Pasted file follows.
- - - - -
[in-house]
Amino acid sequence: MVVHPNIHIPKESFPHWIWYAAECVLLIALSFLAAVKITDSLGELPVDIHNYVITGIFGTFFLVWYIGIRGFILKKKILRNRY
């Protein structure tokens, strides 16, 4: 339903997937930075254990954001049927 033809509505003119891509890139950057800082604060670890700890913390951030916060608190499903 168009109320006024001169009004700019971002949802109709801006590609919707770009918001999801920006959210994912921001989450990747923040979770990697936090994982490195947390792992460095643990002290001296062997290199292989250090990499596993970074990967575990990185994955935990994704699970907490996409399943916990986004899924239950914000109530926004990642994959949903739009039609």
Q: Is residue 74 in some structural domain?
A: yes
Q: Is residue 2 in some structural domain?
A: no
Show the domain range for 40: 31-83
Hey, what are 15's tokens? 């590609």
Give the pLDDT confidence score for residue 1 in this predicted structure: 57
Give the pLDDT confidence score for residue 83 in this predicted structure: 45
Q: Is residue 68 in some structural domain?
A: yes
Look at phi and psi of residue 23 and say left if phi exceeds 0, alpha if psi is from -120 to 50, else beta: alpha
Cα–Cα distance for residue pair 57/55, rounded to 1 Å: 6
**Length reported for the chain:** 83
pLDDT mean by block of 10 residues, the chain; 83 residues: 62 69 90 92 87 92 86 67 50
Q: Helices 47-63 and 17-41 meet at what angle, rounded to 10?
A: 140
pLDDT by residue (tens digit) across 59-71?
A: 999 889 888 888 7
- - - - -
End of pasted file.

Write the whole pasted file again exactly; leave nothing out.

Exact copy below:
[in-house]
Amino acid sequence: MVVHPNIHIPKESFPHWIWYAAECVLLIALSFLAAVKITDSLGELPVDIHNYVITGIFGTFFLVWYIGIRGFILKKKILRNRY
């Protein structure tokens, strides 16, 4: 339903997937930075254990954001049927 033809509505003119891509890139950057800082604060670890700890913390951030916060608190499903 168009109320006024001169009004700019971002949802109709801006590609919707770009918001999801920006959210994912921001989450990747923040979770990697936090994982490195947390792992460095643990002290001296062997290199292989250090990499596993970074990967575990990185994955935990994704699970907490996409399943916990986004899924239950914000109530926004990642994959949903739009039609």
Q: Is residue 74 in some structural domain?
A: yes
Q: Is residue 2 in some structural domain?
A: no
Show the domain range for 40: 31-83
Hey, what are 15's tokens? 């590609």
Give the pLDDT confidence score for residue 1 in this predicted structure: 57
Give the pLDDT confidence score for residue 83 in this predicted structure: 45
Q: Is residue 68 in some structural domain?
A: yes
Look at phi and psi of residue 23 and say left if phi exceeds 0, alpha if psi is from -120 to 50, else beta: alpha
Cα–Cα distance for residue pair 57/55, rounded to 1 Å: 6
**Length reported for the chain:** 83
pLDDT mean by block of 10 residues, the chain; 83 residues: 62 69 90 92 87 92 86 67 50
Q: Helices 47-63 and 17-41 meet at what angle, rounded to 10?
A: 140
pLDDT by residue (tens digit) across 59-71?
A: 999 889 888 888 7